Artstor and AMICO Combine Efforts to Distribute Digital Images for Museums and Higher Education
The Art Museum Image Consortium (AMICO), a non-profit consortium of 39 museums, and Artstor, a non-profit organization sponsored by The Andrew W. Mellon Foundation, announced today that AMICO will be phasing out its independent operations as it focuses on supporting Artstor’s emerging leadership role in providing broad based access to what is expected to be the world’s largest single collection of online art images designed specifically for use by the education, research and arts communities. Both organizations expressed their belief that this important step will help museums, educational institutions, libraries, teachers, scholars, and students create and use this significant new community resource for the educational use of documented works of art. In phasing out its operations and endorsing Artstor’s role, AMICO affirms to the museum and educational communities that Artstor is well poised to carry forth and expand upon the mission that AMICO embarked on more than five years ago, when museum leaders recognized the vital need for an online library of high quality art images and associated data. While each museum that contributes content to AMICO will independently determine whether to make that content available through Artstor, both AMICO and Artstor expressed strong support for their continued sharing of their collections through Artstor.
AMICO’s operations are scheduled to conclude in August 2005. Until then, it will continue to support the independent distributors of its image library as well as the needs of its museum membership and library subscribers. During this period, AMICO will also be sharing with Artstor the experiences and knowledge gained over its years of operations as well as the software tools and standards for collection aggregation and distribution it has developed. AMICO and Artstor expect that this will help ensure a smooth migration of AMICO museum image contributions to Artstor for museums that choose to do so, as well as further bolster the confidence of AMICO subscribers that Artstor is upholding the high standards for content that characterized the AMICO collection.
“The art museums that make up AMICO have achieved something extraordinary by having created a uniquely effective cooperative program for making digital art images available,” said Michael Conforti, Chairman of AMICO, and director of the Sterling and Francine Clark Art Institute in Williamstown, MA. “AMICO’s critical and path-breaking work will continue to be advanced into the future through ARTstor’s broad community-wide initiative,” Conforti added, “and we hope that as many museums as possible will see the advantages of and making their work available through Artstor’s digital library.”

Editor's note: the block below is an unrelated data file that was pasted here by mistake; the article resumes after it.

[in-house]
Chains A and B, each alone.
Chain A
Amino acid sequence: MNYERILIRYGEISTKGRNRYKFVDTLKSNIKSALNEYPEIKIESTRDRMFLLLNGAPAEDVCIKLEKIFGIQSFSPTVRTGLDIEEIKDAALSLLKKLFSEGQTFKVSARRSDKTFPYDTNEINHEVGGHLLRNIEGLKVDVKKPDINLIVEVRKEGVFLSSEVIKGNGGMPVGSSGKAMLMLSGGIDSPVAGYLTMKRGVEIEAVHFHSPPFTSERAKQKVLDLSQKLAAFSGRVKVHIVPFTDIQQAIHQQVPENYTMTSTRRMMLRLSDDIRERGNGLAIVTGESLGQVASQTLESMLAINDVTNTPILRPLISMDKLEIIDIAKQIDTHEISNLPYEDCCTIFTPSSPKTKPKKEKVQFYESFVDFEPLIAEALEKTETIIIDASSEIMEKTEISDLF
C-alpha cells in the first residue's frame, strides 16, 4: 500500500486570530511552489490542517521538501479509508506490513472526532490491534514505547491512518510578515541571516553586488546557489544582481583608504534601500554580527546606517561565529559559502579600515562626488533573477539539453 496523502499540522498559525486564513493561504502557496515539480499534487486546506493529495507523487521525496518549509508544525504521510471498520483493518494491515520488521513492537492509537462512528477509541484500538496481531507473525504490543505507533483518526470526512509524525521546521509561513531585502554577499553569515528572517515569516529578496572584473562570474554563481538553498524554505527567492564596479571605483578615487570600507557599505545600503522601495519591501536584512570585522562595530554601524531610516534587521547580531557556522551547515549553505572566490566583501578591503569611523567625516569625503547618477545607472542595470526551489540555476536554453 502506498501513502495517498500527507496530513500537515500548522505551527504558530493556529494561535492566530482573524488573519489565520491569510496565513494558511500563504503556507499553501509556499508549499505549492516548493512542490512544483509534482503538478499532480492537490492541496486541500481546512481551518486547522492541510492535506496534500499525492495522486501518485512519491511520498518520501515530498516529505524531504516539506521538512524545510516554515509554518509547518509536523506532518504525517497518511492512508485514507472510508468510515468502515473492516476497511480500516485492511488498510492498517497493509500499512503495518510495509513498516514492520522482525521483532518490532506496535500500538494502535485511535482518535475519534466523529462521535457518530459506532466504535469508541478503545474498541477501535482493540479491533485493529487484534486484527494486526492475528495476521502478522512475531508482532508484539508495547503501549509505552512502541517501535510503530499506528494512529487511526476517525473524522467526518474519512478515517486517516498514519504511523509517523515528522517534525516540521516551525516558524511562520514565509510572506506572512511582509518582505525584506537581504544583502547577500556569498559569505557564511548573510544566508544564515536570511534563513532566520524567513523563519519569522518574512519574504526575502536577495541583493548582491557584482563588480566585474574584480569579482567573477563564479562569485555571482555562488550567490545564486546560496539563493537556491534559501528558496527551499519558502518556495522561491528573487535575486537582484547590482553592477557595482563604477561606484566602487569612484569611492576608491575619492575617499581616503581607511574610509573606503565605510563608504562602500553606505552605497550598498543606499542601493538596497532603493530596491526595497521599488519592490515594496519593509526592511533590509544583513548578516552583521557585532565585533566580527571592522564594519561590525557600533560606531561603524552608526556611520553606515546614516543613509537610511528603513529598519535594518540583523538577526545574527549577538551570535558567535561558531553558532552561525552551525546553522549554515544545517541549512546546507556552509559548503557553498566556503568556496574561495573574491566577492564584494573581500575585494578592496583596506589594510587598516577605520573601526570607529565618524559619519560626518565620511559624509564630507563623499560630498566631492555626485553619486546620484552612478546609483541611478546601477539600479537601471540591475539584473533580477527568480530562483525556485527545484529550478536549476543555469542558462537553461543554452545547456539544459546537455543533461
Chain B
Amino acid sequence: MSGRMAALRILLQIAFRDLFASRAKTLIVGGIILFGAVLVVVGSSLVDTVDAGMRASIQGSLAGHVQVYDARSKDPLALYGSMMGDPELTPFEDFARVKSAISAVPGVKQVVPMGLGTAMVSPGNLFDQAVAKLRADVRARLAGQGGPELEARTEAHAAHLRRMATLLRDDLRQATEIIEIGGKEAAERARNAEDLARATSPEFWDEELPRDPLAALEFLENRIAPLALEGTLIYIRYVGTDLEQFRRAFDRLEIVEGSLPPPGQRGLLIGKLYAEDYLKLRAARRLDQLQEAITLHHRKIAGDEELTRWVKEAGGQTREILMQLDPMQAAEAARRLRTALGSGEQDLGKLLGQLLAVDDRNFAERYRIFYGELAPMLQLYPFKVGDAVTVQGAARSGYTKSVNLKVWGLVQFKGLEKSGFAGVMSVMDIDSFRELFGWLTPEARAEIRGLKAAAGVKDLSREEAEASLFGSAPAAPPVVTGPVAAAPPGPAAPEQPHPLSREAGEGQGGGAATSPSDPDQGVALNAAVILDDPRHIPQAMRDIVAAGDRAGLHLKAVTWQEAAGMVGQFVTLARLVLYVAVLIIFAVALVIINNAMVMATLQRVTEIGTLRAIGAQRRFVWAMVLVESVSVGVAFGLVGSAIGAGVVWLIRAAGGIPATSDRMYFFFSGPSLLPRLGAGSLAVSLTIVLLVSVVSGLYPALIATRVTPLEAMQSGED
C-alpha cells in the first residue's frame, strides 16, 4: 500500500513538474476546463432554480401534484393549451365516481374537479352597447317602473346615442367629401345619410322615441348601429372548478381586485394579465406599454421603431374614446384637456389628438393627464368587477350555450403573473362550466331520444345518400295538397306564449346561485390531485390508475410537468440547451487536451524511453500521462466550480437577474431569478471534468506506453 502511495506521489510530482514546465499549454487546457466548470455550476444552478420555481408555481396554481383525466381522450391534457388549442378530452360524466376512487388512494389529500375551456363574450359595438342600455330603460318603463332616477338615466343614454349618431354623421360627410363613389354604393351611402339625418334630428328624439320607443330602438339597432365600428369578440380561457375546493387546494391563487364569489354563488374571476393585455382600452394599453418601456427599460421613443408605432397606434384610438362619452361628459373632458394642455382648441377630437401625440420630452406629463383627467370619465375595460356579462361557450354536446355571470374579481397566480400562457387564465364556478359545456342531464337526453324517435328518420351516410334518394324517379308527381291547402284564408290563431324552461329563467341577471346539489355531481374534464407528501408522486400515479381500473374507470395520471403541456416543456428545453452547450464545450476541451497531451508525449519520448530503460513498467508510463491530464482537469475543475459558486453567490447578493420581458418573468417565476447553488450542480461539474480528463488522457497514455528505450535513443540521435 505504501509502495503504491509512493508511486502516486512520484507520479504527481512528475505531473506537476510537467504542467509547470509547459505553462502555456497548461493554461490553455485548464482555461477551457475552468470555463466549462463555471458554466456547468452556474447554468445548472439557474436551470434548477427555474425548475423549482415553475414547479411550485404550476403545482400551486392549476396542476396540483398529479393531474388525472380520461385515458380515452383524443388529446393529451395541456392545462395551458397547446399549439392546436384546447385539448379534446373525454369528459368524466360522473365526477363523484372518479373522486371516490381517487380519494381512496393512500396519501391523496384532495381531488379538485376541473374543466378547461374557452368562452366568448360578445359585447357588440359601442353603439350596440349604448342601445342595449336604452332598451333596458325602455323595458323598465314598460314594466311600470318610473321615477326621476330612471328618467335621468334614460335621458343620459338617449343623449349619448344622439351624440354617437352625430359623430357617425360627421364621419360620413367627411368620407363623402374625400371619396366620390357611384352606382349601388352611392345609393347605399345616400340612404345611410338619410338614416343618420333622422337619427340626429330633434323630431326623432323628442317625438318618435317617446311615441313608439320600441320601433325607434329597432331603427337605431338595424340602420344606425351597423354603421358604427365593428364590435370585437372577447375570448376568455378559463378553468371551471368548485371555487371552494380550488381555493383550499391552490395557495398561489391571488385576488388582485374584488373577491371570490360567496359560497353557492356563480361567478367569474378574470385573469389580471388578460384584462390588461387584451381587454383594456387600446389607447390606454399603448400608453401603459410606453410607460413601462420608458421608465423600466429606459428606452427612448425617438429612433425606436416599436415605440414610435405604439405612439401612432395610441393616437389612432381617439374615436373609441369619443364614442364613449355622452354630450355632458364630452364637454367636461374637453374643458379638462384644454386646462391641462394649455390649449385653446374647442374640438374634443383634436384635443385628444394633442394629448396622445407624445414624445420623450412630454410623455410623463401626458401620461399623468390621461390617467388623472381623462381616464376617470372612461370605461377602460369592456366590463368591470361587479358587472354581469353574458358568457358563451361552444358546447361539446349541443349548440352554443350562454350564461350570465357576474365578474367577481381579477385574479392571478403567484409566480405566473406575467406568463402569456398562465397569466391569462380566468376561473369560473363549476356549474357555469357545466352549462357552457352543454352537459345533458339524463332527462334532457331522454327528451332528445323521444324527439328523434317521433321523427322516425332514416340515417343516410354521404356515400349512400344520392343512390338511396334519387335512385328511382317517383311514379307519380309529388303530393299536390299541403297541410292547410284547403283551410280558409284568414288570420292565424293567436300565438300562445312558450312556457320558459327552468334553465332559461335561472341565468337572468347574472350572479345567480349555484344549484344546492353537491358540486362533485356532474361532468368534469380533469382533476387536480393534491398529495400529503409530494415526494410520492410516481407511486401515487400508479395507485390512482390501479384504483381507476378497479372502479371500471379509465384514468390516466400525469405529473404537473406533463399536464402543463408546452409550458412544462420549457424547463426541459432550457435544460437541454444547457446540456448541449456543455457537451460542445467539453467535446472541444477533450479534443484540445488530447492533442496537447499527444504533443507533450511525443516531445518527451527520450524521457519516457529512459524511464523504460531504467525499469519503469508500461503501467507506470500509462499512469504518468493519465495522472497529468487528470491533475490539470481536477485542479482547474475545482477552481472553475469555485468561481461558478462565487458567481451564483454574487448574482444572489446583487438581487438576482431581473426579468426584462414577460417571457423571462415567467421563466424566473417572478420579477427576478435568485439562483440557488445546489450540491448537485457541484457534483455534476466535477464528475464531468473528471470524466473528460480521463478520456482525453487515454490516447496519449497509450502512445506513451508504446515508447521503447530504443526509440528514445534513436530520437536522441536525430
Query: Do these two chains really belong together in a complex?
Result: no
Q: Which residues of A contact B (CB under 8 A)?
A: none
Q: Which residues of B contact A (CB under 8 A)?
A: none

“I am certain that the opportunity for Artstor to draw from AMICO’s strengths will allow Artstor to build upon and extend the pioneering achievements of AMICO in order to create a valuable resource for education in fields that draw upon the visual arts,” stated Neil L. Rudenstine, former president of Harvard and Chairman of the Artstor board.
Founded in 1996, the Art Museum Image Consortium (AMICO) is a not-for-profit consortium of institutions nationwide that have been collaborating to enable educational use of museum collection images and multimedia. With a library that numbers over 140,000 images, AMICO began as the vision of Maxwell L. Anderson, former director of the Whitney Museum and past President of the Association of Art Museum Directors, with a goal of providing educational institutions that license the AMICO Library with access to museum multimedia for educational use.
Anderson commented, “AMICO is today poised to hand off to Artstor an unparalleled range of experience in making rich multimedia broadly available to educational users. All of us associated with AMICO are extremely hopeful about Artstor’s future under the leadership of its Chairman Neil Rudenstine and its Executive Director James Shulman. Their commitment, together with the Mellon Foundation’s peerless advocacy of art museums and higher education, will yield great progress in making illustrated art collections widely accessible in the years ahead.”
“We have enormous admiration for Max Anderson’s original and bold vision,” said James Shulman, executive director of Artstor, “and the way he and the AMICO staff transformed that vision into a reality. Their collective talent and the Herculean efforts of the staff at the member museums have shown the enormous community-wide benefits of collaboration.”